Chara M. Curtis
In a journey that carries the reader far beyond the printed page, a child discovers his common link with all of life. Inspired by Mr. Sun and Sister Star, he finds the light within his heart and then finds that same light everywhere. First published in 1989, All I See Is Part of Me received the 1995 BodyMindSprit Magazine Award of Excellence and was named to Positively Positive’s Top 50 Inspiring Books for Children in 2012. Its enduring popularity led author Curtis and illustrator Aldrich to redesign and make this book available in paperback. “Sister Star, how can it be That I am you and you are me?” She glowed. “You’re larger than you know, You are everyplace there is to go. You have a body – this is true – But look at what’s inside of you!”
Amazon Reader Review
This is unquestionably the most accessible and beautiful book about the interconnected web of existence I have ever found. I used it as the children’s sermon at the UU Church where I sometimes preach, and the response was incredible. People came up to me afterwards raving about how it simply and movingly it expressed the most complex spiritual concept that is at the heart of the faith.
It is, perhaps, particularly valuable at a time when physicists are sounding more and more like mystics; Neil DeGrasse Tyson has said that we are part of the universe and the universe is part of us and that should make us feel large, not insignificant. That key truth is the crux of “All I See is Part of Me.”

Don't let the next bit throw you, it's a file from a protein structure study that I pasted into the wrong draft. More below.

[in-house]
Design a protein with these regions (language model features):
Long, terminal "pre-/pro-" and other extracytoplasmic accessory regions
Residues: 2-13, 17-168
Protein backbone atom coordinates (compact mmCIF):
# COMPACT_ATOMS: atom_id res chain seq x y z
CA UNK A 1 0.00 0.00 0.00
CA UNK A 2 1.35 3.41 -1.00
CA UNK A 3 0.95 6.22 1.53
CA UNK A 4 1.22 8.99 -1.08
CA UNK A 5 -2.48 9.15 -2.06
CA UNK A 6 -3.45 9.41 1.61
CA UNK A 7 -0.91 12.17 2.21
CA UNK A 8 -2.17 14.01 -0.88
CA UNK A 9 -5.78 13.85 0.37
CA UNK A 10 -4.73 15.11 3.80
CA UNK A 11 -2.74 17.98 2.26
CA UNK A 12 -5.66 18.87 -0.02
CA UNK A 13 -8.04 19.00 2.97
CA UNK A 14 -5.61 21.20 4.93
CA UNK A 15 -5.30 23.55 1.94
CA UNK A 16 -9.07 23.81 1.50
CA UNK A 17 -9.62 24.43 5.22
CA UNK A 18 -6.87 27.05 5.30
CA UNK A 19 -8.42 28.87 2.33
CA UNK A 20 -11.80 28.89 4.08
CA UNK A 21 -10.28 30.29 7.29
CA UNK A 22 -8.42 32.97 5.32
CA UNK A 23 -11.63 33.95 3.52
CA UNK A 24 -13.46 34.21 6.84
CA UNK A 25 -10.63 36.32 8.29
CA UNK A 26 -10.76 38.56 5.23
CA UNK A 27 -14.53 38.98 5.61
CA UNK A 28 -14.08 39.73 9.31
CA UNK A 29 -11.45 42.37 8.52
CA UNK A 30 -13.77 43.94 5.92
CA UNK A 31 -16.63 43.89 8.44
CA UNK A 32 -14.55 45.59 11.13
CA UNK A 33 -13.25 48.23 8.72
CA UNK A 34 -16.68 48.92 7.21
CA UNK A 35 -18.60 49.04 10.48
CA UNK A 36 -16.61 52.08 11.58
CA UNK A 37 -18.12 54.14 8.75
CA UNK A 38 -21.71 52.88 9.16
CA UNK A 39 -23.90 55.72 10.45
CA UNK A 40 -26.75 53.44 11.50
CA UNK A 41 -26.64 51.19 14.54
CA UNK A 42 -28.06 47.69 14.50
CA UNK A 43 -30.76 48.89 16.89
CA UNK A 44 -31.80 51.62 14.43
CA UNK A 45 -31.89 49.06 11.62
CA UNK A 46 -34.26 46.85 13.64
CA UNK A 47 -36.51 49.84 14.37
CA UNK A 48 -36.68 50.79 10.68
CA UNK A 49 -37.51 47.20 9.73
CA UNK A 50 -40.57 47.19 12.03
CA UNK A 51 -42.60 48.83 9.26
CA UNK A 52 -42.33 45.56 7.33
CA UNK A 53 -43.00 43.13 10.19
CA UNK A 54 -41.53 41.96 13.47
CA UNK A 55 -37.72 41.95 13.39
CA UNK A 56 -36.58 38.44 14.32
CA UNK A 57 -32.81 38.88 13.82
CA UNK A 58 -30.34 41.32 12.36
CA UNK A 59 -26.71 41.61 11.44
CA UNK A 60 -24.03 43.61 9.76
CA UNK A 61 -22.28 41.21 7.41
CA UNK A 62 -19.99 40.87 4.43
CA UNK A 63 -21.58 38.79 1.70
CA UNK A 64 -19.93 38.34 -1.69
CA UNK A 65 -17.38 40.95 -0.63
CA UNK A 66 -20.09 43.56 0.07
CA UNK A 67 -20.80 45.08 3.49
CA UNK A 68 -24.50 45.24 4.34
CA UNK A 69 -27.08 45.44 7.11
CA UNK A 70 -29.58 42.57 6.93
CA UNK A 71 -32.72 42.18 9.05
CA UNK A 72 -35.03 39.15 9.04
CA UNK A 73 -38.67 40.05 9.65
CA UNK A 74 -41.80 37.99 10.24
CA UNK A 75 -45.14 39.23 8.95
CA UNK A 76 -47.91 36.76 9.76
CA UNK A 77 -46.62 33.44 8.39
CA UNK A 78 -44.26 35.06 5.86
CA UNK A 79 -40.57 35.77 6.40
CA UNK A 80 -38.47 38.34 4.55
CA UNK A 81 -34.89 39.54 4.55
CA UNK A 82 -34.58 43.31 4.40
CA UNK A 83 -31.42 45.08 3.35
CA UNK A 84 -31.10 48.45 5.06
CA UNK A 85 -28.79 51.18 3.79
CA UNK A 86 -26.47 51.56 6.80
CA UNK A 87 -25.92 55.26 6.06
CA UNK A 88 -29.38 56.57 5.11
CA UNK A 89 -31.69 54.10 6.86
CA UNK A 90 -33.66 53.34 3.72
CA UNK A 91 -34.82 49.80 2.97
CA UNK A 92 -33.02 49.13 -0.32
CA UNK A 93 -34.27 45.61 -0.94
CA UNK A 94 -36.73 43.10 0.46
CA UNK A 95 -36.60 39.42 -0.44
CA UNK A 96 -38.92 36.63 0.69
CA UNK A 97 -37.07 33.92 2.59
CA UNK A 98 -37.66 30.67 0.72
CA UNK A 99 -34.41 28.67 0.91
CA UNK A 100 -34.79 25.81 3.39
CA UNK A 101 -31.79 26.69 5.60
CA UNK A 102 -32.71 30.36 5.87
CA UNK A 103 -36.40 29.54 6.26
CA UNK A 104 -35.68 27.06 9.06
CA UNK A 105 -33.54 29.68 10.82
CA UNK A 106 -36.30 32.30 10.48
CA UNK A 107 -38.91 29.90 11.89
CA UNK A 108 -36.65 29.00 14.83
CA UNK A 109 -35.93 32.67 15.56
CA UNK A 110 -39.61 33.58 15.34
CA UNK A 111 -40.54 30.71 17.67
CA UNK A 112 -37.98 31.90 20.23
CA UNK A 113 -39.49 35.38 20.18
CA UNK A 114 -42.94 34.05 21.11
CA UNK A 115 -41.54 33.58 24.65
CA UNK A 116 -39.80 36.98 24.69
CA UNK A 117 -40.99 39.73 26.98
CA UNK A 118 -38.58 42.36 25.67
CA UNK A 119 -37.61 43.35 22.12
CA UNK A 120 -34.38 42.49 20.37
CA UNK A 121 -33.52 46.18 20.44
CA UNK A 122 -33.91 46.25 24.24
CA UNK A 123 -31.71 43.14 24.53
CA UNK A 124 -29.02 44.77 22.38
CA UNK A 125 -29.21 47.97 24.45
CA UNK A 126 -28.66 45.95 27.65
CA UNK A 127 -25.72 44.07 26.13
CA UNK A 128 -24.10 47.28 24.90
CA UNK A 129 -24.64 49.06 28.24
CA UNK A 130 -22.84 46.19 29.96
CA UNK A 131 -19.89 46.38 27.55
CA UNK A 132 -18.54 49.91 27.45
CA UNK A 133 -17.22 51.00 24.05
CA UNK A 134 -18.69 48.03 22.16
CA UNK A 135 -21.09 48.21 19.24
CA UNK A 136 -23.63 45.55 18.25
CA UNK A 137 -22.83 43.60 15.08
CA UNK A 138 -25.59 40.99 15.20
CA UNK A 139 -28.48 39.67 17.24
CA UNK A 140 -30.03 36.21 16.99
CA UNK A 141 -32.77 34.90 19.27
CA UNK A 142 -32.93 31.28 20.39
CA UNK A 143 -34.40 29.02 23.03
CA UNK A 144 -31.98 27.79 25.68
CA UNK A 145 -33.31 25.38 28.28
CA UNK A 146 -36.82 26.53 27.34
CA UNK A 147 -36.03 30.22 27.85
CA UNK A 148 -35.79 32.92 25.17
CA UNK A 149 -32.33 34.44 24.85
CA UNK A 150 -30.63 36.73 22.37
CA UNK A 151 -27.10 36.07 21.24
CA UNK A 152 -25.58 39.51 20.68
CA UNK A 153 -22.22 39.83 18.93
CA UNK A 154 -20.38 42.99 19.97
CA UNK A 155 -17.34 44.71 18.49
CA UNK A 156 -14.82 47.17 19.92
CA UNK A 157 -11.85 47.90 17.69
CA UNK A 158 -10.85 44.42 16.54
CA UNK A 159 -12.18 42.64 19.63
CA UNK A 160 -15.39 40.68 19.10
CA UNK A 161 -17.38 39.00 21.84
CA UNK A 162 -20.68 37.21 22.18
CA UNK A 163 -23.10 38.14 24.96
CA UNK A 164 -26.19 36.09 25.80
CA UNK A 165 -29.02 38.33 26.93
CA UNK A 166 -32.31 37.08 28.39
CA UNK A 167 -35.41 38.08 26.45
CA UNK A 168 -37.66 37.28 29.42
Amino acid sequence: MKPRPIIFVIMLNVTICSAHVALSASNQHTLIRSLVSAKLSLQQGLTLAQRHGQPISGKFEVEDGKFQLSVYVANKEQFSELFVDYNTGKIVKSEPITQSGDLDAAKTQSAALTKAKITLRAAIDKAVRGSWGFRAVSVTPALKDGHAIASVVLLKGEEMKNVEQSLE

Chara Curtis’s poetic story begins with a small child of indeterminate gender (some children see a girl, some a boy and that is part of the charm) sitting on a hilltop and observing the world, solipsistically sensing that it was all somehow connected to her (or him). That feeling is confirmed by conversations with the various elements of the world: Brother Sun and Sister Star. These encourage the child to look inside to find the connection with the Universe, manifesting as a light (energy).
“All the plants, the animals and trees
Are in your light, and you are these.”
In that light, the child finds all the answers to any question that can be asked, and touches, in a profound way, eternity.
This simply stated story is not the only star of the book however. Cynthia Aldrich’s amazing pastel illustrations more than support the theme of the book. Their softness and luminosity are awe inspiring, a perfect compliment to the poetry. The bright colors and incredible use of light enthrall young children.
This is a kind of spirituality for the 21st Century when science and faith are coming closer to each other than they ever have. It is non-sectarian; quite the opposite. It is an expression, on a level even a child can understand, of the Spirit that moves the Universe and is accessible in the smallest blade of grass.
“I said a prayer I know was heard,`Cause all I am hears every word.”